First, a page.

Chigozie Chukwudi Okafor: Policies of government still not business friendly
The chairman, Dynatech Group of Companies, Chigozie Chukwudi Okafor, in a chat with DEBO OLADIMEJI spoke about trade barriers in the Economic Community of West African States (ECOWAS) and how government can confront the challenges.
How can government address issues surrounding obstacles to trade in the West African sub-region?
Government’s lack of interest in the development of infrastructure is a major obstacle to trade in the sub-region. Government should focus more on research and development of infrastructure/trade/industries to enable businesses get to the level, where the countries in the sub-region can be compared to countries like China, Taiwan, South Korea and others that control world economy. I suggest Nigerian government to partner other developed countries to develop infrastructure and remove obstacles to trade in the sub-region. Government should work with experienced Nigerian businessmen, some of who are working in big economies like the United States, the United Kingdom, UAE and others to achieve this. These professionals and businessmen know how to tackle these challenges, their contributions will also boost the region’s economy.
What are the main challenges that negate trade in the sub-region?
Infrastructural challenges are not limited to bad road networks, inadequate inter customs relationship among neighbouring countries, but also include the ease to deliver goods and services, dearth of facilities at the seaports, poor communication network with customs, high interest rate on bank loans, among others.These challenges have restrained many Nigerian businessmen/women from establishing outlets and sales points in other African countries. They have made things difficult for businesses.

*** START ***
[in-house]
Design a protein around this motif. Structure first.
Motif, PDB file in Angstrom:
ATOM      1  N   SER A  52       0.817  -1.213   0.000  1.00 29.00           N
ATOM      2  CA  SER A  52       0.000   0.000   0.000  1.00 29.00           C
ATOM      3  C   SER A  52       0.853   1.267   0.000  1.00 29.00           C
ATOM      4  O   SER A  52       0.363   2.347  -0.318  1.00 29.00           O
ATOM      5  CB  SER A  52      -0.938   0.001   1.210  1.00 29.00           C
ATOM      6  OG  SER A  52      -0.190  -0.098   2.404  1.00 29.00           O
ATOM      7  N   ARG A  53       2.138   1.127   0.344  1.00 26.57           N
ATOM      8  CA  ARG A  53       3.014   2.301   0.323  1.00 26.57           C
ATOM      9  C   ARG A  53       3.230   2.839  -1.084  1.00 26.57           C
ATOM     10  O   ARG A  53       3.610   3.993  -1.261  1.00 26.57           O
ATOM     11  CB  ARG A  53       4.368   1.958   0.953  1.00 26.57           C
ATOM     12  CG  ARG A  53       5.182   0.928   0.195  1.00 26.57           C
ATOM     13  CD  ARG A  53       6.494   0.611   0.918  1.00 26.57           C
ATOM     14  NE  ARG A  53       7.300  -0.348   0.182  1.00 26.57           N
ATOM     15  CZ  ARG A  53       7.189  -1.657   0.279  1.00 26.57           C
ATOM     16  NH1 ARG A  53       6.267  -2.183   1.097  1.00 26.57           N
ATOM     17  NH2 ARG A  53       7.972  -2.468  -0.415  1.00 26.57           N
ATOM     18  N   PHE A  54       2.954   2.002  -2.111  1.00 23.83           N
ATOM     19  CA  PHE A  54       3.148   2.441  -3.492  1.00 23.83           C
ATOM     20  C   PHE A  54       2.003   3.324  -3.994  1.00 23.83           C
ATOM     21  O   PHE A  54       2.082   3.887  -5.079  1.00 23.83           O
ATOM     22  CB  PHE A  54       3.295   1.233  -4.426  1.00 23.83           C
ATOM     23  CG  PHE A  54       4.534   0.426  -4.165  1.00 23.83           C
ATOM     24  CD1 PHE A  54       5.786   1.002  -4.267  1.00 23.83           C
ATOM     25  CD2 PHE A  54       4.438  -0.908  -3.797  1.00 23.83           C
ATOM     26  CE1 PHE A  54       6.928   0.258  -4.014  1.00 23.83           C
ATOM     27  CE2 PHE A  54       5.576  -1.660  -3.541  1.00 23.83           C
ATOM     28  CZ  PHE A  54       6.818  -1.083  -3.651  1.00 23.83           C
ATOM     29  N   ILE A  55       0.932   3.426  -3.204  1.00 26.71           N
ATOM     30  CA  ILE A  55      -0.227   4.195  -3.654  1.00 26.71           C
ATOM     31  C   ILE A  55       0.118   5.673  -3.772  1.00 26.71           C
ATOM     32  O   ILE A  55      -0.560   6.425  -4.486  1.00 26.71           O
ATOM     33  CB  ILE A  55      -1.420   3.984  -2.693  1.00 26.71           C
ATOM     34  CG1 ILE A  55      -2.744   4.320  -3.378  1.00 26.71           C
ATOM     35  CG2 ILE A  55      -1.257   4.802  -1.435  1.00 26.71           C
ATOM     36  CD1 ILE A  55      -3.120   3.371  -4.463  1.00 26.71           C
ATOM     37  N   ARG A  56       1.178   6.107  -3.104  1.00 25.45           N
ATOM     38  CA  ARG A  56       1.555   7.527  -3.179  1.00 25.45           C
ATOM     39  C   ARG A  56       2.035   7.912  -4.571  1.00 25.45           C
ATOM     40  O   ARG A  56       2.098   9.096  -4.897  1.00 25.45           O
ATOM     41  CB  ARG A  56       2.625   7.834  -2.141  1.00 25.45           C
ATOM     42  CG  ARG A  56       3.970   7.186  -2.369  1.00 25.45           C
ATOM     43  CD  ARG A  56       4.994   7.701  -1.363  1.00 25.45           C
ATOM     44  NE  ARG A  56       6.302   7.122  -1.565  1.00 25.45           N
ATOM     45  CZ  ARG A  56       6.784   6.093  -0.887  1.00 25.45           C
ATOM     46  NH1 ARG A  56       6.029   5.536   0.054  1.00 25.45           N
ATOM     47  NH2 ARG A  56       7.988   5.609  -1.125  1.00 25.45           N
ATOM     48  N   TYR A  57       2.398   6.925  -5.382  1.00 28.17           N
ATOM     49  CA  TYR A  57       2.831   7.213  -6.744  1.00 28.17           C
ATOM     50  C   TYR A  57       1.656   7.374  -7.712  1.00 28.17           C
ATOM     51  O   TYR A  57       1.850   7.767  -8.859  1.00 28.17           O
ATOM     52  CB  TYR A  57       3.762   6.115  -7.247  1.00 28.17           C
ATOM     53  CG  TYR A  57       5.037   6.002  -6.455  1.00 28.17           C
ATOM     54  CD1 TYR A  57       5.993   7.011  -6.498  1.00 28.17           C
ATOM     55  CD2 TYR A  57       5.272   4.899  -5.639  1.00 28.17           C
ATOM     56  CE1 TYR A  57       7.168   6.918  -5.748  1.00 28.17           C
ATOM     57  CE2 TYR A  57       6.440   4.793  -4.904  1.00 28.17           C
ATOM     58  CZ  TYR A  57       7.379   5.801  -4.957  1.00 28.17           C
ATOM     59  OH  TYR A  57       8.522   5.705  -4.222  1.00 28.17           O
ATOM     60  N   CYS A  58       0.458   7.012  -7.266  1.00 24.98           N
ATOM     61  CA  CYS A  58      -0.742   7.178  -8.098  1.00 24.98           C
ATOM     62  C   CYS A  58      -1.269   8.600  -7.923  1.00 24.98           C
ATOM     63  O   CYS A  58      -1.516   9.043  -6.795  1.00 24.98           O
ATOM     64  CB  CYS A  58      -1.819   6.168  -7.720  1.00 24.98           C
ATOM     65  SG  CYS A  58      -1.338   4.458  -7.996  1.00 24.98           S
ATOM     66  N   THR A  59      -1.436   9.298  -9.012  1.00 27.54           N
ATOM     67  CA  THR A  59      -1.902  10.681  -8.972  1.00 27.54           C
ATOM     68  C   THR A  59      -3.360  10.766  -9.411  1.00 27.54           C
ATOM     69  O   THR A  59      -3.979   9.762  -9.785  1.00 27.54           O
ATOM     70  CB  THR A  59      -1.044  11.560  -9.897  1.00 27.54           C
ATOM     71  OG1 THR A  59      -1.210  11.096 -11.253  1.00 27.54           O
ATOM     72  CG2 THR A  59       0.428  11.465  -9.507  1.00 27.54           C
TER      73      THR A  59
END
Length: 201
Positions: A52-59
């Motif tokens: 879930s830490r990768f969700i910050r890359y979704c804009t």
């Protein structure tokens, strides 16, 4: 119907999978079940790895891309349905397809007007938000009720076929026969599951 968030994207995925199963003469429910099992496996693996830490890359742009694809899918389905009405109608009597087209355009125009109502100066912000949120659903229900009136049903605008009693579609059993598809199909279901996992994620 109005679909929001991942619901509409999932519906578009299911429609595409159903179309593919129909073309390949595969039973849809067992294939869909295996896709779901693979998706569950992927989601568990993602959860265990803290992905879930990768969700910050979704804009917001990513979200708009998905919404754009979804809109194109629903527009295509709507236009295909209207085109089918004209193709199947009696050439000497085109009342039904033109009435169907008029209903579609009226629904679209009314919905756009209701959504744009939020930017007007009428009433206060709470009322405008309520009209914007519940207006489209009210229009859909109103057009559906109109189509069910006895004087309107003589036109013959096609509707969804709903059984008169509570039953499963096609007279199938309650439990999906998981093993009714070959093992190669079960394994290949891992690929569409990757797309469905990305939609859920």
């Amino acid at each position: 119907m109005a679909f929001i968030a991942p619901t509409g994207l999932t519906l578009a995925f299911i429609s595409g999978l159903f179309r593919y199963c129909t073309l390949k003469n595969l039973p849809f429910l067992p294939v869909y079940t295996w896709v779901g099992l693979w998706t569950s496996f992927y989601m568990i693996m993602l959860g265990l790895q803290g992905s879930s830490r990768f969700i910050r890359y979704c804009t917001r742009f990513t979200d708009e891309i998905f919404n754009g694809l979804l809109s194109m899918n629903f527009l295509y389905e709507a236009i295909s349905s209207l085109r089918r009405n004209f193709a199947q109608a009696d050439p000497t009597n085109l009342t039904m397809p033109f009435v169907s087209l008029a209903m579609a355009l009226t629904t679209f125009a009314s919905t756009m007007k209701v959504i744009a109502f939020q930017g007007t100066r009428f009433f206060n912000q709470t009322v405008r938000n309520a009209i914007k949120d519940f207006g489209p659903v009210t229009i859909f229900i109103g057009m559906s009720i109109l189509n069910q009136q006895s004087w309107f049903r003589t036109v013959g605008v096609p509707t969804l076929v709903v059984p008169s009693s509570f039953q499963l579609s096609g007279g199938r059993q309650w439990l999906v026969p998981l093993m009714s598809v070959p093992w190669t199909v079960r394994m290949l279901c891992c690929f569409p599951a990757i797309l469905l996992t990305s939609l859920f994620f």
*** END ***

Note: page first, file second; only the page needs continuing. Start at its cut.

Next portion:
Are there other remedies to these challenges?
Yes, West African Presidents and Heads of Government, especially the Nigerian President, should call for a business summit with manufacturers and businessmen to evaluate and re-valuate some of the existing business policies in the sub-region with a view of boosting the economies of member countries.
We hear products are also counterfeited. How can this be stopped?
Only good products are counterfeited. It is the policy of every company to fight the counterfeiting of their products. My company has come up with diverse ways to do this, which include collaborating with the Standard Organisation of Nigeria (SON) and the National Agency for Food and Drug Administration and Control (NAFDAC) to raid markets of counterfeits. I believe many companies are doing their best to fight this menace.
Is there a way counterfeiting could be totally eliminated in the sub-region?
Yes, there are ways to do this and one of them is the use of embossment and bar codes on products. It can also be controlled by sensitising end users; let them know the marks to look out for in any of the product they want to buy. Some of these marks include SON’s and NAFDAC’s registration numbers.
We have different trademarks, whose details we change from time to time. We have SON numbers and from time to time we educate our end users and distributors on how to identify the numbers and distinguish our original products from counterfeited ones.
As a group, with three active companies in one umbrella, Dynatech Group of companies, we directly employ about 150 workers aside many others that depend on our products to earn a living across the country. We have operational offices in the six geographical regions of the country, which means we are helping to reduce unemployment in the country and contributing to government’s Internally Generated Revenue (IGR). Government alone cannot employ everyone, so, it needs a viable private sector to do this.
We source and produce most of our products locally, doing this means investing in the local economy. Government should partner private sector to create more jobs and boost economy.
One of the ways government can encourage businesses is to waive some taxes for manufacturers, especially as they provide their own energy. Government should facilitate ease of doing business to enable companies get foreign currency to bring in some essential raw materials. They should also open up other seaports in the country like Calabar and Port Harcourt ports to decongest Lagos seaport and reduce the number of days we wait to clear our goods.
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